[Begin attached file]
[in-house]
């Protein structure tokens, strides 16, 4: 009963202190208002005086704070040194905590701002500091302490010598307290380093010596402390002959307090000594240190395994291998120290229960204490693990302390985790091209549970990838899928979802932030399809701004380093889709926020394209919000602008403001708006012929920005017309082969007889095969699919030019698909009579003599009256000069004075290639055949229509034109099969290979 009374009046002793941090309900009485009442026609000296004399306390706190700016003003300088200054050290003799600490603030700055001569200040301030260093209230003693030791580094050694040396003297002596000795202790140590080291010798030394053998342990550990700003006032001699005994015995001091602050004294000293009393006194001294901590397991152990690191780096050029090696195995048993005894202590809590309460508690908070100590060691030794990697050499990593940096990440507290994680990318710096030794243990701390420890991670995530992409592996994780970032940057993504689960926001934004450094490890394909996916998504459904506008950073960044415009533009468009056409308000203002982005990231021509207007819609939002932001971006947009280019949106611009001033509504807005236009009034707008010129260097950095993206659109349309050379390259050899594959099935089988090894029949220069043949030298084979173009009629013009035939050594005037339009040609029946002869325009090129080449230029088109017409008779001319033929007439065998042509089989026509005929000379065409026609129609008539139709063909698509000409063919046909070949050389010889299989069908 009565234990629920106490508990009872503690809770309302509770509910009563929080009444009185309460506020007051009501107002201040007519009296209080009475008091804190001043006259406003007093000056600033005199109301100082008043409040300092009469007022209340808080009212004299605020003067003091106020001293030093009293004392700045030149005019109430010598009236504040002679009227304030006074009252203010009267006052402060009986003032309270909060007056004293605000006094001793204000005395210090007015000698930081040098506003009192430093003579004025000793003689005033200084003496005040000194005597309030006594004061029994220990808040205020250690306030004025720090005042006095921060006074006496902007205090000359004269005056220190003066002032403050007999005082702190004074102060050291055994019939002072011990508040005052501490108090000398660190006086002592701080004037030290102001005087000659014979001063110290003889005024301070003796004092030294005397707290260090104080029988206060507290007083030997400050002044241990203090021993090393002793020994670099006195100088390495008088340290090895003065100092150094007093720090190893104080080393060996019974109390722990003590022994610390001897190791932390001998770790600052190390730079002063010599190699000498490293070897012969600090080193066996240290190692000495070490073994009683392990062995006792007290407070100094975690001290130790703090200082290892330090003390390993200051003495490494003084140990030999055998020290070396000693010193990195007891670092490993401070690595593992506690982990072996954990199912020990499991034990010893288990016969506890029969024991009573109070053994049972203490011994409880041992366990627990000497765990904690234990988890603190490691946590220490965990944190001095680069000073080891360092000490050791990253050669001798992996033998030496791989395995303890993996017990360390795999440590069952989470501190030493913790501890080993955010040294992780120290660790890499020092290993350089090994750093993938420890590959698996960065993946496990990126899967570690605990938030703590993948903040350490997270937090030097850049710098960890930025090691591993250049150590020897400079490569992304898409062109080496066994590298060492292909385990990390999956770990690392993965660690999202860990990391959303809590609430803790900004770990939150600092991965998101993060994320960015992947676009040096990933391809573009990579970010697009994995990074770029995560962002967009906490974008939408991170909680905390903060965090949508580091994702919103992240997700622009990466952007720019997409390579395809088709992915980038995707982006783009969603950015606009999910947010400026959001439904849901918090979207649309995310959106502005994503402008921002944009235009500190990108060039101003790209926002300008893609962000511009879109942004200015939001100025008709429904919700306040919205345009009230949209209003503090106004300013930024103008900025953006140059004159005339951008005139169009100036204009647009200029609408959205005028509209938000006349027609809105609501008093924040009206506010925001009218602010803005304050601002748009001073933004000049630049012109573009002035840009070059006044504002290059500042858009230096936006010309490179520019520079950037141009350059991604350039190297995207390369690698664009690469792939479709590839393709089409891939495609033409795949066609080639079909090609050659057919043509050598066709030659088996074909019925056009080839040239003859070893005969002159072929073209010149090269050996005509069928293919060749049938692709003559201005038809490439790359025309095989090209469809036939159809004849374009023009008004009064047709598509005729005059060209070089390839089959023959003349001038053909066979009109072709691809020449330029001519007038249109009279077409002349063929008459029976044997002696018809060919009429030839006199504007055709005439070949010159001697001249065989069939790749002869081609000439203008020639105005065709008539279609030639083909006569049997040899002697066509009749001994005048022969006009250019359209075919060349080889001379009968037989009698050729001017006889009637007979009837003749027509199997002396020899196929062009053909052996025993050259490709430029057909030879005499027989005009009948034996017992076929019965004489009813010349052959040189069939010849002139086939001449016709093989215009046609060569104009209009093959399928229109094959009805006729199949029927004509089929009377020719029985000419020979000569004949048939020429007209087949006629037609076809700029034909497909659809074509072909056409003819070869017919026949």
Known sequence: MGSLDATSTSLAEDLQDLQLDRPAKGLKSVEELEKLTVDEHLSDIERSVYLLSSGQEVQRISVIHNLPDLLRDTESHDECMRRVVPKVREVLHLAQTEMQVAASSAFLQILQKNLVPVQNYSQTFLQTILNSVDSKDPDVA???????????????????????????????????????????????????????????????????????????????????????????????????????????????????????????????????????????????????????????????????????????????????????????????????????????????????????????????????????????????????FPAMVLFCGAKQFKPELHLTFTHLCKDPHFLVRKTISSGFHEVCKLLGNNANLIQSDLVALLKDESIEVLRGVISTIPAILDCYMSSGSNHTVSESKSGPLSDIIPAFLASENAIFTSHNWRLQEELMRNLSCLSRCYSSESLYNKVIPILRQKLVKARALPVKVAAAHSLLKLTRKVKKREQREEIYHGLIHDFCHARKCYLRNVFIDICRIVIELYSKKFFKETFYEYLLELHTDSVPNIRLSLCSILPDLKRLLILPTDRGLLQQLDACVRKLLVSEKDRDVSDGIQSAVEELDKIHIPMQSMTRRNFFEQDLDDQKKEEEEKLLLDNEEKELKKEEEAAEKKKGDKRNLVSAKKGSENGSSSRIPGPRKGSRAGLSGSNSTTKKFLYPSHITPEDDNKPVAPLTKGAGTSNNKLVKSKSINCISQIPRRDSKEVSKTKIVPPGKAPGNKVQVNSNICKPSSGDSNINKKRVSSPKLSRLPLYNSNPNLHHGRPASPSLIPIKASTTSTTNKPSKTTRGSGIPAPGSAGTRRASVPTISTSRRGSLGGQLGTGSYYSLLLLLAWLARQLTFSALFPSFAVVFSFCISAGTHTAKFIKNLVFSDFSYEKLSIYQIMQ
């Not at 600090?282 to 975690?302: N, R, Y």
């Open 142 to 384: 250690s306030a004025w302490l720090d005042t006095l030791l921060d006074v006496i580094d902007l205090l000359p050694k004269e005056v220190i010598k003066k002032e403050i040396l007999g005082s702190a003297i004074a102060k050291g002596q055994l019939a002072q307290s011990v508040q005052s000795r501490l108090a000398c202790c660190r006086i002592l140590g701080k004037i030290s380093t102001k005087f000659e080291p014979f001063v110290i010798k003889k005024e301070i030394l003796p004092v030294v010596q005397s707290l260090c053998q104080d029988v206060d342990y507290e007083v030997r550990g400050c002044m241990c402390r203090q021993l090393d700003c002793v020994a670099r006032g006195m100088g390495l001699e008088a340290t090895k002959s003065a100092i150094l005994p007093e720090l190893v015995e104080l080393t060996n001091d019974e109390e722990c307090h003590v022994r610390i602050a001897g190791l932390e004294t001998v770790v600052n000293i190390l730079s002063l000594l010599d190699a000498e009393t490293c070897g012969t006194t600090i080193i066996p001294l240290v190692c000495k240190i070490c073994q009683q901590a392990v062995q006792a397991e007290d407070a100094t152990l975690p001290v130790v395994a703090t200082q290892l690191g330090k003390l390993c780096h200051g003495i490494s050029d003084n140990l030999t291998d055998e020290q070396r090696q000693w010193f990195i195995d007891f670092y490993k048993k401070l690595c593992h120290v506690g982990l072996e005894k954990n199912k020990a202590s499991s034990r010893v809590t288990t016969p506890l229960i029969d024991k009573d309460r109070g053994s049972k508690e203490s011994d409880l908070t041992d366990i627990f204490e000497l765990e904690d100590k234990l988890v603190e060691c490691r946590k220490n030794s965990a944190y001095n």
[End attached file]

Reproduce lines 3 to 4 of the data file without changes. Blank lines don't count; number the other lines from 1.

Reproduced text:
Known sequence: MGSLDATSTSLAEDLQDLQLDRPAKGLKSVEELEKLTVDEHLSDIERSVYLLSSGQEVQRISVIHNLPDLLRDTESHDECMRRVVPKVREVLHLAQTEMQVAASSAFLQILQKNLVPVQNYSQTFLQTILNSVDSKDPDVA???????????????????????????????????????????????????????????????????????????????????????????????????????????????????????????????????????????????????????????????????????????????????????????????????????????????????????????????????????????????????FPAMVLFCGAKQFKPELHLTFTHLCKDPHFLVRKTISSGFHEVCKLLGNNANLIQSDLVALLKDESIEVLRGVISTIPAILDCYMSSGSNHTVSESKSGPLSDIIPAFLASENAIFTSHNWRLQEELMRNLSCLSRCYSSESLYNKVIPILRQKLVKARALPVKVAAAHSLLKLTRKVKKREQREEIYHGLIHDFCHARKCYLRNVFIDICRIVIELYSKKFFKETFYEYLLELHTDSVPNIRLSLCSILPDLKRLLILPTDRGLLQQLDACVRKLLVSEKDRDVSDGIQSAVEELDKIHIPMQSMTRRNFFEQDLDDQKKEEEEKLLLDNEEKELKKEEEAAEKKKGDKRNLVSAKKGSENGSSSRIPGPRKGSRAGLSGSNSTTKKFLYPSHITPEDDNKPVAPLTKGAGTSNNKLVKSKSINCISQIPRRDSKEVSKTKIVPPGKAPGNKVQVNSNICKPSSGDSNINKKRVSSPKLSRLPLYNSNPNLHHGRPASPSLIPIKASTTSTTNKPSKTTRGSGIPAPGSAGTRRASVPTISTSRRGSLGGQLGTGSYYSLLLLLAWLARQLTFSALFPSFAVVFSFCISAGTHTAKFIKNLVFSDFSYEKLSIYQIMQ
């Not at 600090?282 to 975690?302: N, R, Y």